Technology Toolbox

One of the biggest problems I see among practitioners of the tech arts is the square peg — round hole problem. Too many developers, for example, will use only one language to solve every problem they encounter. I am a Java expert — there isn’t anything I can’t write a Java program to do. However, there are things for which Java just isn’t well suited. A few years back, I needed a program to download several hundred thousand audio files. As a Java guru, my first thought was how I would solve this problem in Java. Since the server used REST services, I would need to either include REST client libraries or write my own client software. I would need to iterate through the hundreds of thousands of record numbers to download. And, of course, I would need to keep track of state, distribute across numerous servers, parallelize the process, and deal with recovery should the program crash. All of these things end up creating a rather large code base in Java that would have also required substantial testing. Then it occurred to me, why not use a shell script? I can output the audio file id numbers into a text file and split into chunks using the split command. I can use curl as the rest client. Then, I can just have multiple windows open and assign each running instance a chunk of the original list. The solution involved almost no code, the individual pieces are production ready, and recovery would just mean reprocessing the incomplete files. This is just one example, but this problem happens every day in the tech world — developers resorting to the single tool in their toolbox to solve a problem when far better solutions can be crafted with far more ease using a different tool. Ultimately, while I know every programmer will have a language they are most competent in, I believe everyone should have skills in a variety of other tools so they don’t end up wasting time crafting solutions for which their tools aren’t well suited.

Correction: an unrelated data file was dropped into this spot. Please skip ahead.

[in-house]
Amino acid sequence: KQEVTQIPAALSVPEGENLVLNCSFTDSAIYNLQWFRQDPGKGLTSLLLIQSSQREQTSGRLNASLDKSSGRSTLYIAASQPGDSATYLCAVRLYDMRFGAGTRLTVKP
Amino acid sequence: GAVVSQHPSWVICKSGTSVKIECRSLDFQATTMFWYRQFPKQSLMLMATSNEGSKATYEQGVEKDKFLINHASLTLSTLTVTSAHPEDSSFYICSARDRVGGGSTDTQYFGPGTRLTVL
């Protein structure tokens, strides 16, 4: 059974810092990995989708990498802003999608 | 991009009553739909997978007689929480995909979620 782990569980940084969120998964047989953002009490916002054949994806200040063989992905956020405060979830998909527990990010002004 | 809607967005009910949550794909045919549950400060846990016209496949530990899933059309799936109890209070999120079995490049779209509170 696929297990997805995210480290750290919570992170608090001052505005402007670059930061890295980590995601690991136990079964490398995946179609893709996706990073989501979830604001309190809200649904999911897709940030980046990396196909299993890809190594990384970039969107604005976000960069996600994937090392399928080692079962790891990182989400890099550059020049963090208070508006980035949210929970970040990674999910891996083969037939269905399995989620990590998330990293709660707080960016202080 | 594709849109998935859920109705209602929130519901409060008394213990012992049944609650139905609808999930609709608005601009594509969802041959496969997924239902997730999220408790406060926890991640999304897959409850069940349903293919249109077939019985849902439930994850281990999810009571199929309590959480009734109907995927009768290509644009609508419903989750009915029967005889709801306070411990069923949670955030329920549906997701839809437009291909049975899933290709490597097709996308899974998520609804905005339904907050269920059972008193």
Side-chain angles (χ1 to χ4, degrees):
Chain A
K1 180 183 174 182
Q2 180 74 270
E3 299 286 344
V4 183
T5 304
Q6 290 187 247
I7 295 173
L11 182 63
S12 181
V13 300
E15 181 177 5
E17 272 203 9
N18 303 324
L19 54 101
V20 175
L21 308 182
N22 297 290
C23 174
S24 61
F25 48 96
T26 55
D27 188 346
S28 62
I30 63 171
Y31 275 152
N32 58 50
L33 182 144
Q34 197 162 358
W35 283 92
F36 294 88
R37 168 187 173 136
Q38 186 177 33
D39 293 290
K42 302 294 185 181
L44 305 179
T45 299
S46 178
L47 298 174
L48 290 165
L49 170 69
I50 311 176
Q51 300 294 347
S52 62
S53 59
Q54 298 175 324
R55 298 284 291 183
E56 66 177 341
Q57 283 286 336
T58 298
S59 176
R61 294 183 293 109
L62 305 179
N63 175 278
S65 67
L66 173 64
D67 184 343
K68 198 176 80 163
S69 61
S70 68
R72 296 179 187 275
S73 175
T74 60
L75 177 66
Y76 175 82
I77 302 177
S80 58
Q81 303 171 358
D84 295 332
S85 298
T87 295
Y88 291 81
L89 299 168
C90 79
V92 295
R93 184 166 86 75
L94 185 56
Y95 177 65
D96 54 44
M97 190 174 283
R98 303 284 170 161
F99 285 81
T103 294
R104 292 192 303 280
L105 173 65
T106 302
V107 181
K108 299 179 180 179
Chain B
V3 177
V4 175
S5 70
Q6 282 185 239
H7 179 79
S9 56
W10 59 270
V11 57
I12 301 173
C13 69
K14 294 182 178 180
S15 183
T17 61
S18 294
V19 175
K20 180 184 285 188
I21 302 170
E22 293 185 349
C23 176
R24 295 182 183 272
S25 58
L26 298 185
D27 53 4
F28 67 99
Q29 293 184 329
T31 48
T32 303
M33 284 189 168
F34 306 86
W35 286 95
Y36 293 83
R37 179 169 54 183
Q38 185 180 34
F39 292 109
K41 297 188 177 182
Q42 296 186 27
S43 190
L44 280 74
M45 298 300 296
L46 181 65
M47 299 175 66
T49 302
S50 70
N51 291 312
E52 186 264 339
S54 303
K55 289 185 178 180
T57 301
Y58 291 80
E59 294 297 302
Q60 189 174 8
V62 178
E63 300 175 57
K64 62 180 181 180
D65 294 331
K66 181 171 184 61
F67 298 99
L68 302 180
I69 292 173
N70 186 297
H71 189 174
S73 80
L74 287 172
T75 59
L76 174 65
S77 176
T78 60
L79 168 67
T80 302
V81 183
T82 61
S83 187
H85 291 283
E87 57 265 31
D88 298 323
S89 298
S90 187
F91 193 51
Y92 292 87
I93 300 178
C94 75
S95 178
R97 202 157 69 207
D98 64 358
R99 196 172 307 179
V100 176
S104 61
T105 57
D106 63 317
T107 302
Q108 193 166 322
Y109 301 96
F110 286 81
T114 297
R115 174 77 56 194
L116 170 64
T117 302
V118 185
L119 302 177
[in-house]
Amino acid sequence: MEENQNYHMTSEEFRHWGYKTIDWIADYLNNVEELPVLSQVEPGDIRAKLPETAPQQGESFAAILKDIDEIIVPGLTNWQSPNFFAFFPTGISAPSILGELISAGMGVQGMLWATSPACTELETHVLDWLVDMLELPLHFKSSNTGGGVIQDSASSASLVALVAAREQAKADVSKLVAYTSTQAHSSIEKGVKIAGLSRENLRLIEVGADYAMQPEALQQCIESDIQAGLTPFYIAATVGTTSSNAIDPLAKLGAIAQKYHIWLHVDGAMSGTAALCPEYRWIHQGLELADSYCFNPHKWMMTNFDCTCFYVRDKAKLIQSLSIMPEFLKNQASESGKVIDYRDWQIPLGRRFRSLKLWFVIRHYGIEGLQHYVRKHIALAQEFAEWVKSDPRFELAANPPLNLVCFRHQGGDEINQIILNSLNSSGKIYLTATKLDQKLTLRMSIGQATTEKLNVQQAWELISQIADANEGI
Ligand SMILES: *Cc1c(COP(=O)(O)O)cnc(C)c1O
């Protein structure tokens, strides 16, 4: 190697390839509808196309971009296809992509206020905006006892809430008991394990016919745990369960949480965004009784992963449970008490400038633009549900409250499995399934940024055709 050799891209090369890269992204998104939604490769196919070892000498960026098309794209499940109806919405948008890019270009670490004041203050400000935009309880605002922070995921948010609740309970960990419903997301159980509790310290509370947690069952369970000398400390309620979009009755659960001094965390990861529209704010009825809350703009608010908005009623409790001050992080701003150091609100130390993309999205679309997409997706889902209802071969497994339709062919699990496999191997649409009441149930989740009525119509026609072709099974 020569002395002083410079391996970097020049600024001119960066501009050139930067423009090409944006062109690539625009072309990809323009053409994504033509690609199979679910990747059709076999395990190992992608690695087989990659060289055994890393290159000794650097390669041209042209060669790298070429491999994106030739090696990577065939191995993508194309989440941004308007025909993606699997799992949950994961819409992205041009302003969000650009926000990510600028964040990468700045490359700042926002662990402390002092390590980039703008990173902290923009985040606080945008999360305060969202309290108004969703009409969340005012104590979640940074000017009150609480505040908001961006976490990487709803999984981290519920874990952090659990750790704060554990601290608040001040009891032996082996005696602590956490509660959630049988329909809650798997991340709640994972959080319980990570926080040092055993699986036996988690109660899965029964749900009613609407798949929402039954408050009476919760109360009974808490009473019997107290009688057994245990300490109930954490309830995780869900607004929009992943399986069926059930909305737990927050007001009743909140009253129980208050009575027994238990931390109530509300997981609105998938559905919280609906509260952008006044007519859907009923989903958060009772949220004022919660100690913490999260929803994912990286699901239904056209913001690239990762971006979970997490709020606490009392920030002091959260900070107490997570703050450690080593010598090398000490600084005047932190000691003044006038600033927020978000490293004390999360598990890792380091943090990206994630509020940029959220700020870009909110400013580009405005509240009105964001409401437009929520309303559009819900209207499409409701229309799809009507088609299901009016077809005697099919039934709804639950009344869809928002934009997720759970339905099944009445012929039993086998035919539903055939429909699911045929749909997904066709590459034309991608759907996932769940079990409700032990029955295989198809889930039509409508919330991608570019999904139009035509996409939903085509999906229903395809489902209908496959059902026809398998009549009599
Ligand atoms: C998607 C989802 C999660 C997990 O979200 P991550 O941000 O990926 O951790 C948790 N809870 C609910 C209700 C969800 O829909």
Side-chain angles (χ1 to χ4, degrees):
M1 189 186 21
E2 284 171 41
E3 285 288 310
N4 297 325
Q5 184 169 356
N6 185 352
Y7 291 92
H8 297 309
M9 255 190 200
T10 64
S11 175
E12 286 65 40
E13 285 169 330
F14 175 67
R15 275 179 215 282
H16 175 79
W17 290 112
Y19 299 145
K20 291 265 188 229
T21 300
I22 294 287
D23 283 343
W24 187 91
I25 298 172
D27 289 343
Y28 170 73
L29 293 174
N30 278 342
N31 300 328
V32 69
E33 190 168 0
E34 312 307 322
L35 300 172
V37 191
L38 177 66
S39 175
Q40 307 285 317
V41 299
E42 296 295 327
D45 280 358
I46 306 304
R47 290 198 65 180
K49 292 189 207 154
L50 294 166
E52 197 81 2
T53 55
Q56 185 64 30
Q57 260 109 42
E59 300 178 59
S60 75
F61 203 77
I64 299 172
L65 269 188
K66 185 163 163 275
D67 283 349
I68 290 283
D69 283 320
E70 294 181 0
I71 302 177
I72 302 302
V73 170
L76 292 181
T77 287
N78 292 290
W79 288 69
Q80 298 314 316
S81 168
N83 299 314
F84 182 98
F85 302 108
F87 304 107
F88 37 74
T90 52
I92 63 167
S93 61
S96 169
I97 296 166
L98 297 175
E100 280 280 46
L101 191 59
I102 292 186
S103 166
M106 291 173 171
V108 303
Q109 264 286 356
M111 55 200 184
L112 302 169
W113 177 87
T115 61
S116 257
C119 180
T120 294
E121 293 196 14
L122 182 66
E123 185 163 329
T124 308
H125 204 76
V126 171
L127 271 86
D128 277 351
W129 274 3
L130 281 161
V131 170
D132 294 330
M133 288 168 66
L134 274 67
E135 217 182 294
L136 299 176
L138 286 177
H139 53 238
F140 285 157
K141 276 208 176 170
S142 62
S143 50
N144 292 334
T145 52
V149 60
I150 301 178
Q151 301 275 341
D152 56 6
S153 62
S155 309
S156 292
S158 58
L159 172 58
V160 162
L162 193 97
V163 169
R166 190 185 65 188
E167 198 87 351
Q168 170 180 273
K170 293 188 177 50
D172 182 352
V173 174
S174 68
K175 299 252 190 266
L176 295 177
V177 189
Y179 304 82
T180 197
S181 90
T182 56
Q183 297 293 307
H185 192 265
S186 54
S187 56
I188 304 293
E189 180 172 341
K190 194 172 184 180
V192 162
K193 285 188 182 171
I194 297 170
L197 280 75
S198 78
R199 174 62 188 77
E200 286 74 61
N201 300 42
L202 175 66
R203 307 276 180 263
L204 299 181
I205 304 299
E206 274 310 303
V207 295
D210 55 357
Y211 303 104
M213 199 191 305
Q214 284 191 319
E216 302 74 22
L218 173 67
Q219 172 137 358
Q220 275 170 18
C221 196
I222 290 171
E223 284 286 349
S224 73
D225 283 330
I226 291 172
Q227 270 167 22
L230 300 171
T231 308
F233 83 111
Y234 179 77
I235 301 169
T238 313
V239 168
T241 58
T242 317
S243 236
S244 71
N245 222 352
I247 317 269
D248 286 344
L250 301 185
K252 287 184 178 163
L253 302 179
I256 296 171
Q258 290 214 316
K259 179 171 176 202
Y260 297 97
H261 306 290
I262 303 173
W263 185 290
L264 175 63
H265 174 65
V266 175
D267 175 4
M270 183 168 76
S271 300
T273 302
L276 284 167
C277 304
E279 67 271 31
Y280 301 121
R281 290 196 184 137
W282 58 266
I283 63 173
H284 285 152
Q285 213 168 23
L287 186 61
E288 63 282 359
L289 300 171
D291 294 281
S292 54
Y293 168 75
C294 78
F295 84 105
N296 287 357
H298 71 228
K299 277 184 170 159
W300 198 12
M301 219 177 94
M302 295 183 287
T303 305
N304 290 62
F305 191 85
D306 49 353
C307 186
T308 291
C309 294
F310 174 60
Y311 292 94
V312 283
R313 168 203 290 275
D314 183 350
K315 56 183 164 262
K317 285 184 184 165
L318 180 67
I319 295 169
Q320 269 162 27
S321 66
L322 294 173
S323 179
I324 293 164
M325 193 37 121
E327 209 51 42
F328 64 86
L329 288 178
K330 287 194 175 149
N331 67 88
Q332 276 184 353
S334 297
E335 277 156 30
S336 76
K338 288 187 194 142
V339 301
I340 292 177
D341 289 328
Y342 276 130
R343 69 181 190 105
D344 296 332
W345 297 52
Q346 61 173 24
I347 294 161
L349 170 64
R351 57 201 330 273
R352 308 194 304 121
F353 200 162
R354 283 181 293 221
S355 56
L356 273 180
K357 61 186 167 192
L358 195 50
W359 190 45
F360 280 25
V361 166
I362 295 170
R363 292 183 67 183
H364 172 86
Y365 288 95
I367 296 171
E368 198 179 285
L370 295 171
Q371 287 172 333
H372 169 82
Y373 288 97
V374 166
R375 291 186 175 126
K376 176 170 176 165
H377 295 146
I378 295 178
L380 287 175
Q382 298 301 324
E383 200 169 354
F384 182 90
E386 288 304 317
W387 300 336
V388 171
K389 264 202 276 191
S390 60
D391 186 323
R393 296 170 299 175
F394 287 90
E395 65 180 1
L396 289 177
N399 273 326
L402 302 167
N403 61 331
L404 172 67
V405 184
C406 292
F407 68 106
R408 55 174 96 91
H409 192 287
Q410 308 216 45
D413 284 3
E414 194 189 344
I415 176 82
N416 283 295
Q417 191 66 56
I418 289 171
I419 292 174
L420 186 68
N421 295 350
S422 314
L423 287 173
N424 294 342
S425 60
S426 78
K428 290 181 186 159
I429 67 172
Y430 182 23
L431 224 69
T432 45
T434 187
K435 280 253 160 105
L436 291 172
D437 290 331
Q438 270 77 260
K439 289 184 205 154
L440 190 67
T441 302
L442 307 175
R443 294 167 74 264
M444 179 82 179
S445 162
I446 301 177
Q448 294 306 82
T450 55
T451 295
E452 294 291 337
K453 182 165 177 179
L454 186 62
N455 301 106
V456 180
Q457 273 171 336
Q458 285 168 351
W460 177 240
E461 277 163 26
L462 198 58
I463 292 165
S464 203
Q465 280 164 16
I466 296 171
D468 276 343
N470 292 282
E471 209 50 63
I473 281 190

RapidWeaver 7